With Bezos at the Helm, Democracy Dies at the Washington Post Editorial Board

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by Alan Macleod, MintPress News:

In the Soviet Union, everybody was aware that the media was controlled by the state. But in a corporate state like the U.S., a veneer of independence is still maintained, although trust in the media has been plummeting for years.

WASHINGTON — The Washington Post’s glaring conflicts of interest have of late once again been the subject of scrutiny online, thanks to a new article denouncing a supposed attempt to “soak” billionaires in taxes. Written by star columnist Megan McArdle — who previously argued that Walmart’s wages are too high, that there is nothing wrong with Google’s monopoly, and that the Grenfell Fire was a price worth paying for cheaper buildings — the article claimed that Americans have such class envy that the government would “destroy [billionaires’] fortunes so that the rest of us don’t have to look at them.” Notably, the Post chose to illustrate it with a picture of its owner, Jeff Bezos, making it seem as if it was directly defending his power and wealth, something they have been accused of on more than one occasion.

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There was considerable speculation online as to whether Bezos himself wrote the piece, so blatantly in his interest it was. Unfortunately, this sort of speculation has raged ever since the Amazon CEO bought the newspaper in 2013 for $250 million.

Undue influence

Being owned by the world’s richest individual does not mean that The Washington Post and its employees are rolling in dough themselves. Far from it: Bezos’ revolution at the newspaper, which has led to both increased pageviews and company value, has been largely based on simply squeezing workers harder than before. In an interview with the Columbia Journalism Review, management acknowledged that Post reporters are pushed to produce almost four times as many stories as their peers at The New York Times. Furthermore, the Post writes and rewrites the same story but from slightly different angles and with different headlines in order to generate more clicks, and thus more revenue. Thanks to new technology, reporters’ every keystroke is monitored and they are under constant pressure from management not to fall behind. The technique of constant surveillance is not unlike what hyper-exploited Amazon warehouse workers who wear GPS devices or Fitbit watches have to endure.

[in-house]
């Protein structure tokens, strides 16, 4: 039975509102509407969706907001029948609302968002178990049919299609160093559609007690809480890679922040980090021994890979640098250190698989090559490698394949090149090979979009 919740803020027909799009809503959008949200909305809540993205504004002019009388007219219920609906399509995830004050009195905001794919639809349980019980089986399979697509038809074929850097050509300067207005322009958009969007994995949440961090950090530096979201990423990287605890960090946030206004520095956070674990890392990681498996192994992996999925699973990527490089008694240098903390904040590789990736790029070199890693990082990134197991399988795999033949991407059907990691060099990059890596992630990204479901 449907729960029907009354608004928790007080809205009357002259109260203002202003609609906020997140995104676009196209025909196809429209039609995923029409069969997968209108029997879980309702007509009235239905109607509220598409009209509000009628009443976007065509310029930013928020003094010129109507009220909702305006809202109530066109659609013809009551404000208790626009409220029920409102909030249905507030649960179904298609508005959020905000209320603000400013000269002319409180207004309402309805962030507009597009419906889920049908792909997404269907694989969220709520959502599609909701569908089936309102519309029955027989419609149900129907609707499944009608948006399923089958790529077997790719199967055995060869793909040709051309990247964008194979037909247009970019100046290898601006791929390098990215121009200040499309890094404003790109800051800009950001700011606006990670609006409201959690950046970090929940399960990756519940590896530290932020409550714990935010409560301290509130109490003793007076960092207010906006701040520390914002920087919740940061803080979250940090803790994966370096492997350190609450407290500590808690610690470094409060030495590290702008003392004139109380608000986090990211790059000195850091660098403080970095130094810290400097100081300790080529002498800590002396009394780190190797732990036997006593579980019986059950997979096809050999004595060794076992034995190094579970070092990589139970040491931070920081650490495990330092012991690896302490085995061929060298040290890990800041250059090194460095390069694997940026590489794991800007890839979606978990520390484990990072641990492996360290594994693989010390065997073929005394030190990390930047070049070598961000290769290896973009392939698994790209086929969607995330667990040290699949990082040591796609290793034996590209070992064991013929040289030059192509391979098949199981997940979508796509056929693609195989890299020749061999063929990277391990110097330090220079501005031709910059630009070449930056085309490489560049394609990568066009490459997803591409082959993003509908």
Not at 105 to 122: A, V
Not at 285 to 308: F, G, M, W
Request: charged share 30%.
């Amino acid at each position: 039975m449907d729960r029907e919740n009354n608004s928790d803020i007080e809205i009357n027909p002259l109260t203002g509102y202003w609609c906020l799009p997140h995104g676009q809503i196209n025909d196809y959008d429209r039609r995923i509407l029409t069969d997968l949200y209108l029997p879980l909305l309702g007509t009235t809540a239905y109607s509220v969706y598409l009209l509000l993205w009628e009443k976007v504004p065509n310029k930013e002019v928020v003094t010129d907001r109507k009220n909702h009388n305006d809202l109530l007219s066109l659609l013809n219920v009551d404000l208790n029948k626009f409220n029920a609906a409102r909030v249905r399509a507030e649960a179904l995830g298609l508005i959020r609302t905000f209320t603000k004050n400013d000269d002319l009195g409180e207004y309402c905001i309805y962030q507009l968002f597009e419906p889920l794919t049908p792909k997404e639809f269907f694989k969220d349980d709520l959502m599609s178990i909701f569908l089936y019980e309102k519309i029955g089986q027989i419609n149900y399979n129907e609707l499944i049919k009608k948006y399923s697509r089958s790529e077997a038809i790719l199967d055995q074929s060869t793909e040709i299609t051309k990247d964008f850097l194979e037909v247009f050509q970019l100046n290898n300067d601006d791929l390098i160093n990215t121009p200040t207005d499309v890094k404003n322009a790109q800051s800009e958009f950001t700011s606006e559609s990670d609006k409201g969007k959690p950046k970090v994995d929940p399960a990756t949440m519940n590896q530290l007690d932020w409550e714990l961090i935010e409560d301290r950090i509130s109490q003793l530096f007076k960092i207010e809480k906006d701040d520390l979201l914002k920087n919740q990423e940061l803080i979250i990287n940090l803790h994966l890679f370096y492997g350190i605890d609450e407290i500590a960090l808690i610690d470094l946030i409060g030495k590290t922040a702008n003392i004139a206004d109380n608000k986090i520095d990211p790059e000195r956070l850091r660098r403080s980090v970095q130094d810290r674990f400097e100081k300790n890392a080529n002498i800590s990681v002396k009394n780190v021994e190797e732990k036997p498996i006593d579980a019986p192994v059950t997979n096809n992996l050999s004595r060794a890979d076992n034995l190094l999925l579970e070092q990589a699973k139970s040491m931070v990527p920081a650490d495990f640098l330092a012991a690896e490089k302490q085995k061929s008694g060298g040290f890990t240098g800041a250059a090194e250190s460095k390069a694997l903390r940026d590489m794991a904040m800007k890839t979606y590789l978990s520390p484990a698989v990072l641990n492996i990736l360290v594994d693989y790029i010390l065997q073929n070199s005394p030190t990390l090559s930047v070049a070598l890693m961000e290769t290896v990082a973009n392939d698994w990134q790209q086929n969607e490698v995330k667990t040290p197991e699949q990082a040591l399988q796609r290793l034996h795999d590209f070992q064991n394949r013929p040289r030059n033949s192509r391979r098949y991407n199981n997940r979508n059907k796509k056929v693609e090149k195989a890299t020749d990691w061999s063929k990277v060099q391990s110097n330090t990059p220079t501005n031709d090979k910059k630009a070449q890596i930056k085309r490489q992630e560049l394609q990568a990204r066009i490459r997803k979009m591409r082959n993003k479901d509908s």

Bezos is currently worth a shade under $200 billion, with his wealth nearly doubling since the beginning of the coronavirus pandemic in 2020. With such a fortune to protect, the obvious solution is to acquire media outlets to control the narrative in the face of rising public disenchantment with rampaging inequality. Omar Ocampo, a researcher for the Program on Inequality and the Common Good at the Institute for Policy Studies, said that this is a common tactic among the super wealthy. “Billionaire ownership of major news outlets is but another tool the billionaire class deploys for the purpose of wealth defense. It gives them the power to set the terms of the agenda and influence public opinion in their favor,” Ocampo told MintPress.

But Bezos is far from the only senior figure with questionable connections. The company’s CEO, Frederick Ryan, was a senior member of the Reagan White House, rising to become the 40th president’s assistant and later the chairman of the Ronald Reagan Presidential Foundation. He later became CEO of Politico. In the Post’s announcement of the hiring move, they themselves noted that among Ryan’s biggest achievements at their rival outlet was “helping the news organization win a lucrative advertising deal with Goldman Sachs and host presidential debates before the 2008 and 2012 Republican primaries.”

Another neoconservative in a key position is Editorial Page Editor Fred Hiatt. Under Hiatt’s tenure, anti-establishment columnists like Dan Froomkin were let go and warmongers like the late Charles Krauthammer, Paul Wolfowitz, and David Ignatius moved in. “After being so wrong on such a huge story as the invasion of Iraq, hawkish ideologue Fred Hiatt should have been terminated as editorial page editor,” Jeff Cohen, former Professor of Journalism at Ithaca College and founder of media watchdog group Fairness and Accuracy in Reporting, told MintPress, adding:

In a decent media system, someone who has been so inaccurate on so many issues as Hiatt would not be in a powerful media position two decades later. Powerful voices in U.S. media often argue that society should be a ‘meritocracy’ — with advancement based on ability or achievement. Hiatt proves that the U.S. corporate media system is just the opposite — a ‘kakistocracy’ — where the unqualified and unprincipled rise to the top.”

Other highly questionable hires include Jerusalem correspondent Ruth Eglash, who spent seven years putting out content that was often indistinguishable from Israeli government propaganda. At the time of her hire, activists highlighted the conflicts of interest she had, given her husband’s job as a PR rep for the country. In November 2020, Eglash quit the Post to become chief of communications for the Israeli ambassador to the United States and United Nations. “My experiences as a journalist have afforded me a great instinct of how to better tell Israel’s unique story,” she said, adding “a strong U.S.-Israel relationship and showcasing Israel’s successes to the world has [sic] always been a passion of mine.”

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